7) I think it’s easy to say IK Enemkpali squandered a huge opportunity when he slugged Geno Smith and was shortly thereafter released by the Jets, but who can say he would’ve made it this far in football if he wasn't wired that way? Bill Parcells once said “football is not a game for well adjusted people.” That’s not making an excuse for Enemkpali’s actions; that’s just putting them in context. There are plenty of normal guys who play the game well enough to compete at the highest level, and then there are men who use this game as an outlet for a proclivity toward violence. Enemkpali is a sixth-round pick with three career tackles, who, at 19, punched a police officer in a bar fight. That’s the kind of guy you settle a $600 debt with posthaste.

8) I think my big takeaway from the Hall of Fame game between the Steelers and Vikings was the electric play of Minnesota rookie wide receiver Stefon Diggs, who nearly scored on a weaving 62-yard punt return in the third quarter. If you read my April deep dive into Maryland’s Pro Day, you already knew that Maryland alum and Dolphins defensive tackle A.J. Francis considers Diggs “the best player I’ve ever played with, college or pro.” I think Diggs has the opportunity to be the kind of kick returner the Vikes thought Cordarrelle Patterson would be when they picked Patterson in the first round two years ago.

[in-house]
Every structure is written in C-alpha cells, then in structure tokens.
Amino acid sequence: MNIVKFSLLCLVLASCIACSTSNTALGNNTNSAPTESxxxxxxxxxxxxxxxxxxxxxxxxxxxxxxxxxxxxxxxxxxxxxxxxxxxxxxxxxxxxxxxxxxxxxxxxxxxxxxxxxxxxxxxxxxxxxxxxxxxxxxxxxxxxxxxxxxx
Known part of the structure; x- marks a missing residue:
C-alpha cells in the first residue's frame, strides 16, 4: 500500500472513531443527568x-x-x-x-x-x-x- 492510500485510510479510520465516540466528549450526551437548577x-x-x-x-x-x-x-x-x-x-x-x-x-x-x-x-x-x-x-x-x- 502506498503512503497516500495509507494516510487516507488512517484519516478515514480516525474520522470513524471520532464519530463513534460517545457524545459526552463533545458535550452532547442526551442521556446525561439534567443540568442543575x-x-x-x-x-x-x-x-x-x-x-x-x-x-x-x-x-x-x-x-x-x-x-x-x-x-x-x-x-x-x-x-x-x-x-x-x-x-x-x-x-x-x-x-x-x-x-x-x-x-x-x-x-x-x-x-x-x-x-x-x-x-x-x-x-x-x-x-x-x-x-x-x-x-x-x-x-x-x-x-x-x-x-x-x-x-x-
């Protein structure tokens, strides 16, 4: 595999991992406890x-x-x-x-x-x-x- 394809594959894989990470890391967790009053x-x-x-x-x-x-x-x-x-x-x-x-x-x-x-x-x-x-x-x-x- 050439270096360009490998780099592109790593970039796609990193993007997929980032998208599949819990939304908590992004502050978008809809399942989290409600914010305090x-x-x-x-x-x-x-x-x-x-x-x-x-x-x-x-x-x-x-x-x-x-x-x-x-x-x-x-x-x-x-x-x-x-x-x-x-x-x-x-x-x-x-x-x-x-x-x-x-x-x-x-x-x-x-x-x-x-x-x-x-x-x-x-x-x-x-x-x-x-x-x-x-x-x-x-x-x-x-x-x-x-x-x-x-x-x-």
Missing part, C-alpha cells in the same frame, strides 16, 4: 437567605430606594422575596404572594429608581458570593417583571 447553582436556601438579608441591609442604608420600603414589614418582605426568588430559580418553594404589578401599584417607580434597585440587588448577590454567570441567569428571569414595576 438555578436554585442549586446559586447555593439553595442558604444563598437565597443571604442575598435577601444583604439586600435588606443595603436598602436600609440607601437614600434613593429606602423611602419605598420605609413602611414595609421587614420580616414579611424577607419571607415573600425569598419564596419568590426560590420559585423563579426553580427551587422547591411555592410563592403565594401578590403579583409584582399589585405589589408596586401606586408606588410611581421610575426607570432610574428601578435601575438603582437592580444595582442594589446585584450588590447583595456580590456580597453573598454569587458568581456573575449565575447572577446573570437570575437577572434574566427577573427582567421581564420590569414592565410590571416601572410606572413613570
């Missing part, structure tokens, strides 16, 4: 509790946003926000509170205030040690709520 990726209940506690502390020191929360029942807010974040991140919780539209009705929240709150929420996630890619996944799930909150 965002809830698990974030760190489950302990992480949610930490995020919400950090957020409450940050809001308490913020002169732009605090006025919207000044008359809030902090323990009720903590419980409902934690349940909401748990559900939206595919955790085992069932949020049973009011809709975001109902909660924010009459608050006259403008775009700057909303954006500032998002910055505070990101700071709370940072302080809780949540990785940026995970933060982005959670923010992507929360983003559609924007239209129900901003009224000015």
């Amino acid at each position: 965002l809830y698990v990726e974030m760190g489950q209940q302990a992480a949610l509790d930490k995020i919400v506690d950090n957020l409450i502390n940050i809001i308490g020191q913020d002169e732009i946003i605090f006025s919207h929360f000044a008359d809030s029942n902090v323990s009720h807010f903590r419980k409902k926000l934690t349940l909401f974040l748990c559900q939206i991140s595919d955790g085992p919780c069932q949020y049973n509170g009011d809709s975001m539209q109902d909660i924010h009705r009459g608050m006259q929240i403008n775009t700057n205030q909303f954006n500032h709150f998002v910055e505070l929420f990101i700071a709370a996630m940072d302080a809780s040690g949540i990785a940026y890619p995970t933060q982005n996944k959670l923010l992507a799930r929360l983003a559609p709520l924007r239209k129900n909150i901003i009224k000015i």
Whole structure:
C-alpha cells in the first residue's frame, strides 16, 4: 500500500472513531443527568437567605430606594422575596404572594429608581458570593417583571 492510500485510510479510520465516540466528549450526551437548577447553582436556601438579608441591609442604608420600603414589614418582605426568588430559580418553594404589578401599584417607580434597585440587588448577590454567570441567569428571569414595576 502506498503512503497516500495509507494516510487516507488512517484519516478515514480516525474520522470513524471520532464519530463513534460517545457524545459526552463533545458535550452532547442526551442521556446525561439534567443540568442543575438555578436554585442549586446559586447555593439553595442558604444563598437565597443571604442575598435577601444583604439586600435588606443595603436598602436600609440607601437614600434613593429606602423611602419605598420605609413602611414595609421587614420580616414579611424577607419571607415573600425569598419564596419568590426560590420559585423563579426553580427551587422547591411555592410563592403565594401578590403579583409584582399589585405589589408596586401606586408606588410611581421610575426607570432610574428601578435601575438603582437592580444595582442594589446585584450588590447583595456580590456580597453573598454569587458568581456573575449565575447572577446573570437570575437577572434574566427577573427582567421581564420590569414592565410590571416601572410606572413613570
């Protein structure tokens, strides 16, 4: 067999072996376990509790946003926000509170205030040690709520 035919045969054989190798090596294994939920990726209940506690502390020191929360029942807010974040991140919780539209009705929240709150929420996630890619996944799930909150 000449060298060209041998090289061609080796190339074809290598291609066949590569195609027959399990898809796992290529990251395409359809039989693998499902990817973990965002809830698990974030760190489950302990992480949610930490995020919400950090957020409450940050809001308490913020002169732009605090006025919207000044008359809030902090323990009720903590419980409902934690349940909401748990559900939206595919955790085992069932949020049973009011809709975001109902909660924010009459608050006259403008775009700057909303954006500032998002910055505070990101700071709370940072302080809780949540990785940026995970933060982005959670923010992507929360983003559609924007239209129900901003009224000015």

9) I think the NFL would be perfectly happy if this whole Los Angeles bid for the near future fell through. Its teams have been getting their money’s worth from local municipalities by using the threat of a move to stir support for public funding of new stadiums. The reality of a team actually moving to L.A. eliminates that bargaining chip for future teams looking to squeeze every resource possible out of their home city. I’ll be happy to see Los Angeles get a team, if only for the prospect of NFL teams paying something close to a fair share for their own stadiums.

• BUT DOES L.A. WANT THE NFL? The MMQB’s Emily Kaplan set out to SoCal this summer to answer that question

10) I think the Browns would have preferred to see Geno Smith as the Jets’ starting quarterback in their Week 1 matchup instead of Ryan Fitzpatrick, who will now take over as Smith recovers from a broken jaw. Fitzpatrick is well-versed in Jets coordinator Chan Gailey’s offense after the pair spent three seasons together in Buffalo, whereas Smith will face a learning curve in a new offense.